One of the major themes presented in this chapter is the need for choice as to how products and services are made available to customers. Thus, multi-channel strategies that provide a wide range of channels including an Internet based online channel option have become imperative. Yet there are very successful firms that take a virtually opposite view by purposely limiting choice. A case in point is Edward Jones, a financial services company with the largest network of brokerage offices in the U.S.—more than 10,000 and still growing. Edward Jones has a Web site that its customers can visit but it does not offer its customers the option of trading online. Instead, all transactions must take place through an Edward Jones broker. Even with this single channel strategy, the company is still growing and is very profitable. Why do you think Edward Jones has been able to “buck the trend” toward multichannel strategy that would include an online channel as a key option?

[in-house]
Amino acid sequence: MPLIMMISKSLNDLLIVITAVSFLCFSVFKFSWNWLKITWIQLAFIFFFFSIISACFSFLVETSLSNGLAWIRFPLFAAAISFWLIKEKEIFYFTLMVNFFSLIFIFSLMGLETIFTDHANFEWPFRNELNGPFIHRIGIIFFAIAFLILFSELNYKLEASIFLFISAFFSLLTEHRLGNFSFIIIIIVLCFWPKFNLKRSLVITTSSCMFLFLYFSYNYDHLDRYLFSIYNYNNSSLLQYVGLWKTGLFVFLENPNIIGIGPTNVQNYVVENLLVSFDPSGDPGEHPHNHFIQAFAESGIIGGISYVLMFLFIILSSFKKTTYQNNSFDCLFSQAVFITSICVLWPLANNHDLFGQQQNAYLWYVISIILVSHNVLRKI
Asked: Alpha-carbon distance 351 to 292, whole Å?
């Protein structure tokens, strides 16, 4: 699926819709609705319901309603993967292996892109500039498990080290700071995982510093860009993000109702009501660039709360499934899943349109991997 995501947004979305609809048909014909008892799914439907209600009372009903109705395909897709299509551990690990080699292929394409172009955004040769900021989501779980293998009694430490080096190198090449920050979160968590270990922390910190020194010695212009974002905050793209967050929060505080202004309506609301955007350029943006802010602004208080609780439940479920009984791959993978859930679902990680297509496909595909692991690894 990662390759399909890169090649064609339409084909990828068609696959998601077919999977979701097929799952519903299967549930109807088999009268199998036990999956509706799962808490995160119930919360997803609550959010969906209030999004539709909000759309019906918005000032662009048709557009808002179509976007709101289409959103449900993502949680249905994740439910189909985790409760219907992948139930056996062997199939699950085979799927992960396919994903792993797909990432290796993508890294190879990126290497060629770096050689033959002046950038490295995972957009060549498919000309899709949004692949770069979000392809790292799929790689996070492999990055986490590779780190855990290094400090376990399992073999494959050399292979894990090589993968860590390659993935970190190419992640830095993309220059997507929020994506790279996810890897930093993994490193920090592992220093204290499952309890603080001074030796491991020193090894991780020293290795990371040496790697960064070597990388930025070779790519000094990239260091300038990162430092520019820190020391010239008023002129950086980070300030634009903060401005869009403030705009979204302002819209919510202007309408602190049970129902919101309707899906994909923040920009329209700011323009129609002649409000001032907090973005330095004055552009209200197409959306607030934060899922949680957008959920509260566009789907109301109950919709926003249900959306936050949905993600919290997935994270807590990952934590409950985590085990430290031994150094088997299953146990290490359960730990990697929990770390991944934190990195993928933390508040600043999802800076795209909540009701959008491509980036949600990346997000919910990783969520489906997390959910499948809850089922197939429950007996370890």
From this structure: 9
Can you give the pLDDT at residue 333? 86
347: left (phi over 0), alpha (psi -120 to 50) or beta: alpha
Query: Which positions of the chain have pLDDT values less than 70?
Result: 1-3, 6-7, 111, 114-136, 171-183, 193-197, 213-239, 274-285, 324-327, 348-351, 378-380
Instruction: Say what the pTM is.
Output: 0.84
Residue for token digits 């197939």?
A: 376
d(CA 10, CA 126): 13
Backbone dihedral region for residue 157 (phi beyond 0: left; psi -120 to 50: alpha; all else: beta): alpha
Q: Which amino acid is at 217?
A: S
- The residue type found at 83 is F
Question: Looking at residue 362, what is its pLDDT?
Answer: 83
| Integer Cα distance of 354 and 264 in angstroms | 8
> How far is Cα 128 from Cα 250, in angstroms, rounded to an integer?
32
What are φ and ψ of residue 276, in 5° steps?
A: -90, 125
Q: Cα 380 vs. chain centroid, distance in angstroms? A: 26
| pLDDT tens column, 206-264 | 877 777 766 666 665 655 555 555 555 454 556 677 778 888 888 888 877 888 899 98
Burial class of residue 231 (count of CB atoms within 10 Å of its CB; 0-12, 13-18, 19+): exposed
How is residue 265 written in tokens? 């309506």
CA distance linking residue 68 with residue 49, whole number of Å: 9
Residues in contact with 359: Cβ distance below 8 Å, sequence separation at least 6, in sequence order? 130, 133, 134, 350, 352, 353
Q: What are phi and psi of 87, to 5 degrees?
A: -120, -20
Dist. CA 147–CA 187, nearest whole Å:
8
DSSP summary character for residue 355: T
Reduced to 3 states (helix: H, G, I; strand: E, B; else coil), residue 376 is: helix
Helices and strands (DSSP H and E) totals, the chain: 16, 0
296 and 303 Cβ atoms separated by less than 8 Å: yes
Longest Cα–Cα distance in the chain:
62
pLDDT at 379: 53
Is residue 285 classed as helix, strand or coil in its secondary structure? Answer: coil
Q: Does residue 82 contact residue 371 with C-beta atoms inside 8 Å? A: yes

Answer to relevant QuestionsSusan Jensen, a marketing manager for a major consumer package goods manufacturer, is very upset with the sales results of the new oat bran cookies her company introduced three months ago. She believes that an important ...Expertise and economies of scale in production do not necessarily translate into expertise and economies of scale and/or scope in distribution. Discuss this statement. What patterns seem to be emerging with respect to online retail sales vs. conventional retail sales since the first couple of years of the twenty-first century? What is the underlying philosophy of the Sherman Act with respect to the role of competition versus monopoly in promoting public welfare? Discuss. Marketing channels reflect the sociocultural environments within which they exist. Explain this statement.
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